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Care-experienced youth are more likely than their peers to present with earlier, more severe and more chronic mental health difficulties. This case study presents the development of a Compassion-Focused Therapy (CFT) group for young people who do not live with their birth families due to an early history of abuse and neglect, delivered by psychologists in a social care service. Eight adolescent girls (aged 12–16), who lived in foster, adoptive or kinship care, attended eight face-to-face weekly sessions of a ‘Building Your Self-Confidence’ group. Most of them attended all sessions, found the group ‘enjoyable’ and ‘interesting’, and reported finding it helpful to improve their self-confidence at least to some extent (‘a little’ or ‘yes’). On standardised measures, half of the caregivers reported improvements in their child’s mental health but none of the adolescents did themselves. These initial data pave the way to further optimise the application of group CFT for care-experienced youth and inform psychological treatment innovation in youth more generally.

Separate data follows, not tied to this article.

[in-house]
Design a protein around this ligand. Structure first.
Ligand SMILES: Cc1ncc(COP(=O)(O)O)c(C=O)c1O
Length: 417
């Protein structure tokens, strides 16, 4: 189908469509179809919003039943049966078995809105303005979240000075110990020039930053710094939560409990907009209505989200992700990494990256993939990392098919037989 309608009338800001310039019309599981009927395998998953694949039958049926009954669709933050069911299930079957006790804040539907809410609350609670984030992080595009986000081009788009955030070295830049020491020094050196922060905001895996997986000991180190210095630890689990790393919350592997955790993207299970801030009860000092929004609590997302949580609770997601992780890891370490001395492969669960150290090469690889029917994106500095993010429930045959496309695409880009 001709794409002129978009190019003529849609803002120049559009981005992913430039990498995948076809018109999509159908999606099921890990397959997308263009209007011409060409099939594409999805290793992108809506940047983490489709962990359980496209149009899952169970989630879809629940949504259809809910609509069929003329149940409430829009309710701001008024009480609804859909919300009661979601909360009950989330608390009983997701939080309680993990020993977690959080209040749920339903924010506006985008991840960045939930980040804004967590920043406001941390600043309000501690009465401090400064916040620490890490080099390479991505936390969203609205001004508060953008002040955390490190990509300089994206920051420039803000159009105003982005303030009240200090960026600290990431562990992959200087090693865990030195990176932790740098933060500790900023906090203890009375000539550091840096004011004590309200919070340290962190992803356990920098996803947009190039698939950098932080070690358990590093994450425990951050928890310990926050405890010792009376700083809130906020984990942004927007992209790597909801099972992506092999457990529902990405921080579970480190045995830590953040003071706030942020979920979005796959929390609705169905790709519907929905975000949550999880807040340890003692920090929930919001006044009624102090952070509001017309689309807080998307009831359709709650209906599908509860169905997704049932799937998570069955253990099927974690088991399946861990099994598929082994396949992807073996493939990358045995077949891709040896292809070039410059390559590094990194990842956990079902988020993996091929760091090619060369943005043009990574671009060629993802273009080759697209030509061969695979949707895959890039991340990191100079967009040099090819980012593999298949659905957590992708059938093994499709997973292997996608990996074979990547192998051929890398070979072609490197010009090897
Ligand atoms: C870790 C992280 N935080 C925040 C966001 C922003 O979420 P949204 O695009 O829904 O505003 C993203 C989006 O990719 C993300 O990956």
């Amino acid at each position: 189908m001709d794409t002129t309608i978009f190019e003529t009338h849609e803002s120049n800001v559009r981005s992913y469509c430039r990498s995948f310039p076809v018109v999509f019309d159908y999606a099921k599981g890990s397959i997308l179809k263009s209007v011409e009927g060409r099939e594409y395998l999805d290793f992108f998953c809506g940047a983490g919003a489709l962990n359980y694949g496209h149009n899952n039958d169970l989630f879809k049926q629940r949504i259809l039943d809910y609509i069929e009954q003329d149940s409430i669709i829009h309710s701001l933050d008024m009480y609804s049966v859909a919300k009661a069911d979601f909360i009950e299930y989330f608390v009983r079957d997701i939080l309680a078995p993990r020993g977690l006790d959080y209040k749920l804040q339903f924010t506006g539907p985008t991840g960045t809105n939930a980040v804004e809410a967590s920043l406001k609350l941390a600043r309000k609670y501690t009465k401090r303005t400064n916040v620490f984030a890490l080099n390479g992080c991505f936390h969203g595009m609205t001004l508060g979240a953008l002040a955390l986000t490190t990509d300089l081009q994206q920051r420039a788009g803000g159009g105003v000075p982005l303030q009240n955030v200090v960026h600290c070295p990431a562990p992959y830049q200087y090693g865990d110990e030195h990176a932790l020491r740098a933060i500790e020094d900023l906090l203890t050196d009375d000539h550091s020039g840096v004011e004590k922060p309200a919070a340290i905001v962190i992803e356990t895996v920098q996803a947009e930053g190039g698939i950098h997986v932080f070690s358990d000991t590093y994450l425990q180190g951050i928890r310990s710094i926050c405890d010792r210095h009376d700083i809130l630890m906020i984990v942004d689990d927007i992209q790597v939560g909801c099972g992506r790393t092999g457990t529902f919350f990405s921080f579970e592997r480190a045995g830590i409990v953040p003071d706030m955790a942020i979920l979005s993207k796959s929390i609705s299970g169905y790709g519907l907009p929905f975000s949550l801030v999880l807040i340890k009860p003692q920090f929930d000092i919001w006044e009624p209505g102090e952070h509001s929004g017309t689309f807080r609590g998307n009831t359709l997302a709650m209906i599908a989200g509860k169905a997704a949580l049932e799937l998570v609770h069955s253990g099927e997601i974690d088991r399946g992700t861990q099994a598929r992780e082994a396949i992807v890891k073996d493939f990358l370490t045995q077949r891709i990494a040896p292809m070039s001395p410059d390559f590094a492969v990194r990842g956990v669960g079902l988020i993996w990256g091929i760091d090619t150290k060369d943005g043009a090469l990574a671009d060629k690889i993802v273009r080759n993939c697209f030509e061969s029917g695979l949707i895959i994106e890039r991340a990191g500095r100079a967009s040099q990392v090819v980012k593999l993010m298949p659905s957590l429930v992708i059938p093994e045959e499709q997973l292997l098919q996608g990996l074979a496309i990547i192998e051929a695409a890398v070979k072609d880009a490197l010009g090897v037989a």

Original publication




Journal article


Adoption and Fostering

Publication Date





400 - 414